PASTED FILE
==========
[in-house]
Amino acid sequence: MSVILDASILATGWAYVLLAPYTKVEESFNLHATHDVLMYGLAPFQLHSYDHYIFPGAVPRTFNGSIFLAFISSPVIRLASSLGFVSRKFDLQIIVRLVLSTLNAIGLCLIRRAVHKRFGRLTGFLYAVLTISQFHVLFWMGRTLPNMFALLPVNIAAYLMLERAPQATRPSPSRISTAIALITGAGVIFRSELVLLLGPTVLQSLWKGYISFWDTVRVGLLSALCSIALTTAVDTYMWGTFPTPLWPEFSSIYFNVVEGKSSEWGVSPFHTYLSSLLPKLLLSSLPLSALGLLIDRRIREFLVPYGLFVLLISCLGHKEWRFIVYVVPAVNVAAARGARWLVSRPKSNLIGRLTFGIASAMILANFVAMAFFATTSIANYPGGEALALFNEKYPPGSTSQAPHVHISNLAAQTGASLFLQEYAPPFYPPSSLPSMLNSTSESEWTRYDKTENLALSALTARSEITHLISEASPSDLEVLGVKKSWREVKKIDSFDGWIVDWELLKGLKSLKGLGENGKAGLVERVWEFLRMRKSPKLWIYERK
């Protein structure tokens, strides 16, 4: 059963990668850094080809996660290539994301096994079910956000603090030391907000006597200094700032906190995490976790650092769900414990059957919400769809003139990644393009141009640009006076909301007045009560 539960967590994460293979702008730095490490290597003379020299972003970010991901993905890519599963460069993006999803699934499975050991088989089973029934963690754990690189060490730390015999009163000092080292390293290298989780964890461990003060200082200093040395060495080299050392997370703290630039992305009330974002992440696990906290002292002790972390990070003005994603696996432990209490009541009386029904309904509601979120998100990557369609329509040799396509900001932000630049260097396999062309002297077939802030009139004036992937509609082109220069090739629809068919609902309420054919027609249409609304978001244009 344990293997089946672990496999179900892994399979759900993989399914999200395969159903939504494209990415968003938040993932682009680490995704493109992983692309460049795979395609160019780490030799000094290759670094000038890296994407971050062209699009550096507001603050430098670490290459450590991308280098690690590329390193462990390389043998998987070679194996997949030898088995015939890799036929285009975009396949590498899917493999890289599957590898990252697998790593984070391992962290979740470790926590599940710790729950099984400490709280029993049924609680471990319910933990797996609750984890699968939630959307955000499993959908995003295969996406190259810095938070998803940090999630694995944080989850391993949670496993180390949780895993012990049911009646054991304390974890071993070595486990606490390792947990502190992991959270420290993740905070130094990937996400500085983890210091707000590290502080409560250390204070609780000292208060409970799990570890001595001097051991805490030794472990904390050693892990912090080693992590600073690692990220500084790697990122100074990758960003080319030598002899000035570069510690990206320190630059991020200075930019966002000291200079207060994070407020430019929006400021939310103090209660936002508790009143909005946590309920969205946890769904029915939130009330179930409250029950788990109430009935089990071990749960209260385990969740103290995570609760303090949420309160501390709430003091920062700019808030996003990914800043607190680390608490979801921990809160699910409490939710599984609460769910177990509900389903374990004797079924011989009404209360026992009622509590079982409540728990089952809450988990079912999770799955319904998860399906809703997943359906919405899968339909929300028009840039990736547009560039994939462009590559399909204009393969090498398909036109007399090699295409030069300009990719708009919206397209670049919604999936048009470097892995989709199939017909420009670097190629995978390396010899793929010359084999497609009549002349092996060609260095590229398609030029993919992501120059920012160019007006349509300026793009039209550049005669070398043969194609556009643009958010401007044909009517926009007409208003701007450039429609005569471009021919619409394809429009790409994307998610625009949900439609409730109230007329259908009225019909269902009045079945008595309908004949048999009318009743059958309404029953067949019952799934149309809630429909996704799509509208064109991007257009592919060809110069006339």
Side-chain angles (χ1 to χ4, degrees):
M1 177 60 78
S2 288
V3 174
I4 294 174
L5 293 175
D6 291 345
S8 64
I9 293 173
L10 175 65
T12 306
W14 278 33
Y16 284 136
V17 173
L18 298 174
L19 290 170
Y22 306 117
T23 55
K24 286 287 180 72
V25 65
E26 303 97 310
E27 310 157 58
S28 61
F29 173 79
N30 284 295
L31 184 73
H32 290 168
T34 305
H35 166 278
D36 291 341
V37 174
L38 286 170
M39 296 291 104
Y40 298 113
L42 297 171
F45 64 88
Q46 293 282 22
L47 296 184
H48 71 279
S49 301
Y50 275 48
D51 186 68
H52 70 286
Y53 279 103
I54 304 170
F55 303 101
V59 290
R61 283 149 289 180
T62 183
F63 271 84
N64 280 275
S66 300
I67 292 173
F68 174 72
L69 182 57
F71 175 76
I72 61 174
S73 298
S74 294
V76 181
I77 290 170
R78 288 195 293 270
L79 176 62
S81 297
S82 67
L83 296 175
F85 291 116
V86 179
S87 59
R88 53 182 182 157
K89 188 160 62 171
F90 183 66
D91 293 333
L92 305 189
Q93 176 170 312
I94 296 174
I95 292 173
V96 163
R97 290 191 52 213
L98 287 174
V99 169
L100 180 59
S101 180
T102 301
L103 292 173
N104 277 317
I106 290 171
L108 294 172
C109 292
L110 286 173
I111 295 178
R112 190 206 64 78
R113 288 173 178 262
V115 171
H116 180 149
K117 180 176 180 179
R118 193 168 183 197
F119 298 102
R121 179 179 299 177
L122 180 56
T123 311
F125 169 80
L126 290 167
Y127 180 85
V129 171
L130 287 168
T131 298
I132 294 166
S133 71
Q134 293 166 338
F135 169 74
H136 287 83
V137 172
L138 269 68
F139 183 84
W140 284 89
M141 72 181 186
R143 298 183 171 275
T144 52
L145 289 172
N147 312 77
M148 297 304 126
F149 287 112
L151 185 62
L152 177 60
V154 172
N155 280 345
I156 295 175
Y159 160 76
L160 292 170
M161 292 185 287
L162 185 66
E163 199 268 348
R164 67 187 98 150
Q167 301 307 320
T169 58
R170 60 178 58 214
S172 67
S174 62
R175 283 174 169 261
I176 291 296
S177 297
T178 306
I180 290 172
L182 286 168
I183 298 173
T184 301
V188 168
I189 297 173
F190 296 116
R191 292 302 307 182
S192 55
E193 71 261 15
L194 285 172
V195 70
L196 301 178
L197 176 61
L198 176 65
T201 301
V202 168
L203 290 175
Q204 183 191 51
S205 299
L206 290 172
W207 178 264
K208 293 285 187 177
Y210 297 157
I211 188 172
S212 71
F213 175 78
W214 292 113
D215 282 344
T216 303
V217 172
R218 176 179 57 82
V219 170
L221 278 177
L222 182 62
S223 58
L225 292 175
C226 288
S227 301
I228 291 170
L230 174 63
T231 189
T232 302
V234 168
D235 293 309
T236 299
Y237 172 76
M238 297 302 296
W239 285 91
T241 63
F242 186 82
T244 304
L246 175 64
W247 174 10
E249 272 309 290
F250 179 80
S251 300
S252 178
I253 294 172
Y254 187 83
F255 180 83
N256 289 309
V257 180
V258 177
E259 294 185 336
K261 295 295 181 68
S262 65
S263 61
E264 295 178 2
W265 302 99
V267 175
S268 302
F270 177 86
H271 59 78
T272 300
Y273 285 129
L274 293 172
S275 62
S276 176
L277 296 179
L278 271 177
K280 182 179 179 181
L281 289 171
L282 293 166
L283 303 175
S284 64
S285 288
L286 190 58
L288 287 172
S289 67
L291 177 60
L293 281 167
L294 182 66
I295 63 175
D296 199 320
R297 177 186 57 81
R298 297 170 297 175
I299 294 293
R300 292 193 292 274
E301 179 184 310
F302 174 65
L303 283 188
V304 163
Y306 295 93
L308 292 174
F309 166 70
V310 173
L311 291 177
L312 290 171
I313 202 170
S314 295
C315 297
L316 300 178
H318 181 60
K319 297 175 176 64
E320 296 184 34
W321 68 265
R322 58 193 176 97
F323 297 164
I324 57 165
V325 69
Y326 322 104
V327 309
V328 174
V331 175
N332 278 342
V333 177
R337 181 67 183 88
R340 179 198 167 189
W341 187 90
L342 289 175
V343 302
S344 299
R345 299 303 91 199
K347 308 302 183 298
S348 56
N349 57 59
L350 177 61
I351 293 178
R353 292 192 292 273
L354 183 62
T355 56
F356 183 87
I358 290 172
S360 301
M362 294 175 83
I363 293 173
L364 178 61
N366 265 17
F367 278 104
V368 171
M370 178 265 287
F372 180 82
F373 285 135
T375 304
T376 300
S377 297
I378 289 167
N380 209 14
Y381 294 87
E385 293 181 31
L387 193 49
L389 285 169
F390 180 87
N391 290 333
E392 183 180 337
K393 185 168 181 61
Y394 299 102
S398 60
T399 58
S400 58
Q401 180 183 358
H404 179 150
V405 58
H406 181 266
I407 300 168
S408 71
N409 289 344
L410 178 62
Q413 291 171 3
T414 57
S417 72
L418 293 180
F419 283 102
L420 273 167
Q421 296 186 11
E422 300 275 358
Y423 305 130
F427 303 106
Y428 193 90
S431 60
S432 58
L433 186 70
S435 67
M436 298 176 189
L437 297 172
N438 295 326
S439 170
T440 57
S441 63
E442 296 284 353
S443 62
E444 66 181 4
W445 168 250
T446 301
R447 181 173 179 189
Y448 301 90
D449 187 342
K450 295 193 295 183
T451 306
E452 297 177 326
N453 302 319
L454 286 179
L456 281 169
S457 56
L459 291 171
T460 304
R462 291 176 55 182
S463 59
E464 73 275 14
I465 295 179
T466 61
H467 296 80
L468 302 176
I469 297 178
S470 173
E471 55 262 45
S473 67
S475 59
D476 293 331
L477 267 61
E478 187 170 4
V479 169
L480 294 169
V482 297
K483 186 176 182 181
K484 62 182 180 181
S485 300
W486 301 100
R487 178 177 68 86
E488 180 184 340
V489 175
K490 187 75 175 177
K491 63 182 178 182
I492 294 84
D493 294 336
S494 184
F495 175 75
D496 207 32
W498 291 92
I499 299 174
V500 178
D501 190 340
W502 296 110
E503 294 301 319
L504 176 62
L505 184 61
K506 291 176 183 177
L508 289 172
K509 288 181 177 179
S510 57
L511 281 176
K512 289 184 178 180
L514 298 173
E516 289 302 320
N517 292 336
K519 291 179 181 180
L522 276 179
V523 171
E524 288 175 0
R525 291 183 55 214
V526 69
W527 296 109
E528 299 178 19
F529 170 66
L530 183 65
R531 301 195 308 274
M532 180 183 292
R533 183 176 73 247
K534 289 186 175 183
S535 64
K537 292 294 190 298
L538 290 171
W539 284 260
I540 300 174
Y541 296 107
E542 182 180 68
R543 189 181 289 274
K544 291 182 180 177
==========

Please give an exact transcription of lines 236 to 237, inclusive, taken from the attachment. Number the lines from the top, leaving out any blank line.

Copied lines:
S289 67
L291 177 60